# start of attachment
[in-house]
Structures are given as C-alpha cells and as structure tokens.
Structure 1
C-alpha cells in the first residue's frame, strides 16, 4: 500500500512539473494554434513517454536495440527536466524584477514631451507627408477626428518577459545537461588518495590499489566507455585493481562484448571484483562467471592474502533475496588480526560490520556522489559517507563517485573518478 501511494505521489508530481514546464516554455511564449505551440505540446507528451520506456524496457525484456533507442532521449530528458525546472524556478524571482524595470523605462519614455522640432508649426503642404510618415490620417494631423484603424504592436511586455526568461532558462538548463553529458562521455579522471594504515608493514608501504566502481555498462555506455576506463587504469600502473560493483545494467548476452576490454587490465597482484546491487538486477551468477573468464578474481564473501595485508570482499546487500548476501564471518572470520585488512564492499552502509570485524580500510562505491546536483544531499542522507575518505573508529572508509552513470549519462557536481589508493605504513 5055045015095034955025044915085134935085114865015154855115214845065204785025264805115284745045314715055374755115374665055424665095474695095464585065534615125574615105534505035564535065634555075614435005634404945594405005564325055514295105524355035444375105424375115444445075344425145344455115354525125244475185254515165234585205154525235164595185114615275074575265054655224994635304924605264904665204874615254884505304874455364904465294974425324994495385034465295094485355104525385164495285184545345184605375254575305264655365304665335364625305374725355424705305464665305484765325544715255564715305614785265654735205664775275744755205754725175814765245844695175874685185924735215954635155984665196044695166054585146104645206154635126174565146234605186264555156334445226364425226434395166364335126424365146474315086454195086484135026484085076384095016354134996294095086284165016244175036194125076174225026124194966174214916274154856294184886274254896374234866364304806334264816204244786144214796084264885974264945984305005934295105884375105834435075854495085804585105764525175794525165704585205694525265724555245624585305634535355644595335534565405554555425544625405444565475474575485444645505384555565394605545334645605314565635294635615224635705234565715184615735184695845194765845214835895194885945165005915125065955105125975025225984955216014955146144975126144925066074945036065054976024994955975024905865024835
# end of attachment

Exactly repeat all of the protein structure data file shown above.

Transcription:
[in-house]
Structures are given as C-alpha cells and as structure tokens.
Structure 1
C-alpha cells in the first residue's frame, strides 16, 4: 500500500512539473494554434513517454536495440527536466524584477514631451507627408477626428518577459545537461588518495590499489566507455585493481562484448571484483562467471592474502533475496588480526560490520556522489559517507563517485573518478 501511494505521489508530481514546464516554455511564449505551440505540446507528451520506456524496457525484456533507442532521449530528458525546472524556478524571482524595470523605462519614455522640432508649426503642404510618415490620417494631423484603424504592436511586455526568461532558462538548463553529458562521455579522471594504515608493514608501504566502481555498462555506455576506463587504469600502473560493483545494467548476452576490454587490465597482484546491487538486477551468477573468464578474481564473501595485508570482499546487500548476501564471518572470520585488512564492499552502509570485524580500510562505491546536483544531499542522507575518505573508529572508509552513470549519462557536481589508493605504513 5055045015095034955025044915085134935085114865015154855115214845065204785025264805115284745045314715055374755115374665055424665095474695095464585065534615125574615105534505035564535065634555075614435005634404945594405005564325055514295105524355035444375105424375115444445075344425145344455115354525125244475185254515165234585205154525235164595185114615275074575265054655224994635304924605264904665204874615254884505304874455364904465294974425324994495385034465295094485355104525385164495285184545345184605375254575305264655365304665335364625305374725355424705305464665305484765325544715255564715305614785265654735205664775275744755205754725175814765245844695175874685185924735215954635155984665196044695166054585146104645206154635126174565146234605186264555156334445226364425226434395166364335126424365146474315086454195086484135026484085076384095016354134996294095086284165016244175036194125076174225026124194966174214916274154856294184886274254896374234866364304806334264816204244786144214796084264885974264945984305005934295105884375105834435075854495085804585105764525175794525165704585205694525265724555245624585305634535355644595335534565405554555425544625405444565475474575485444645505384555565394605545334645605314565635294635615224635705234565715184615735184695845194765845214835895194885945165005915125065955105125975025225984955216014955146144975126144925066074945036065054976024994955975024905865024835